JAS: Why regard the girl's scream as having a different Dynamic Object for
the mother than it does for the child? Is it not the very same Sign?
I do not *at al*l see it as "the very same Sign." In my view there are two
signs, not, however, unrelated, and even intimately connected by the DI of
the child leading to the IO of the mother: but still *two distinct signs*(at
least) Here I think Edwina and I may be in at least partial agreement.
So, I think I already offered a reason in my earlier post as to why I think
our views are so different GR: ". . . in my understanding the interpretant
standing "in the same relation to the Sign's Dynamic Object as the Sign
itself does" doesn't apply to both signs, but to the child's sign and* not
*to the mother's (as you've been analyzing the semioses).
The remainer of your analysis follows from your viewpoint which, as I see
it, goes well beyond the example into habit-change and the like which will
in my view necessarily involve more time, more semiosis, additional signs,
etc. than the discrete analysis put forth here. This is not to suggest that
the habits of the mother and the daughter will not lead to perhaps
life-changing habit change. But you yourself have noted that these will be
very different habits: not touching flames in the future for the child; not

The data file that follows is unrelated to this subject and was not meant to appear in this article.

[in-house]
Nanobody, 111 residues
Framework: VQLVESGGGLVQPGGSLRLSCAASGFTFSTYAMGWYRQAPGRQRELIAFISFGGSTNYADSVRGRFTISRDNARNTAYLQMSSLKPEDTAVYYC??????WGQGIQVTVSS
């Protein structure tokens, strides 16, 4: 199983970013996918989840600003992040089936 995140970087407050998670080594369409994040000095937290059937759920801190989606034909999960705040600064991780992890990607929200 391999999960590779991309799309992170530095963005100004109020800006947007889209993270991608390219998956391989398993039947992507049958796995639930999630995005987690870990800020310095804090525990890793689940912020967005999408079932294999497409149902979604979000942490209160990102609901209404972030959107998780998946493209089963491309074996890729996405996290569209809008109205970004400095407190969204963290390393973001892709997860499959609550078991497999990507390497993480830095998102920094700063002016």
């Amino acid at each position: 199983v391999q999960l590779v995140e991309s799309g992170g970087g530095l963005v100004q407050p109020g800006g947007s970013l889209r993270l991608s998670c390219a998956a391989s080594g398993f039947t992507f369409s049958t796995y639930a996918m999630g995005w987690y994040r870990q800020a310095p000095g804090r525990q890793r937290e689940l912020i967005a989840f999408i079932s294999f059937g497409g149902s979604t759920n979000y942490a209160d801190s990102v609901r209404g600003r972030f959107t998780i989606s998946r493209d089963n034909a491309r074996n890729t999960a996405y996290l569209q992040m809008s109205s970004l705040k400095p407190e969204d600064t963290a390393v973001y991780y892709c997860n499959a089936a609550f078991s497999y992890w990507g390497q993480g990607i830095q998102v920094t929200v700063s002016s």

leaving the child alone in the kitchen in the future for the mother. Again,
this stark difference in habit-change strongly suggests to me two different
signs, not one.
[image: Gary Richmond]
*Philosophy and Critical Thinking*
*LaGuardia College of the City University of New York*
On Tue, Feb 13, 2018 at 10:30 AM, Jon Alan Schmidt <jonalanschm...@gmail.com
> In an effort to reduce the quantity of my individual messages, I am going
> to try combining multiple replies into one post.
> Gary R.:
> 1. I agree that even persons can lose, or deliberately set aside, their
> capacity for Habit-change. Hopefully it is evident that I am still very
> much open to adjusting my own views on these matters.
> 2. In particular, as you have observed and I have acknowledged
> previously, I tend to be a more abstract than concrete thinker; so these
> kinds of practical examples are good "stretching exercises" for me. In
> this case, I am wary of drawing a sharp distinction between "the child's
> semiosis" and "the mother's semiosis"; are they not *continuous*? It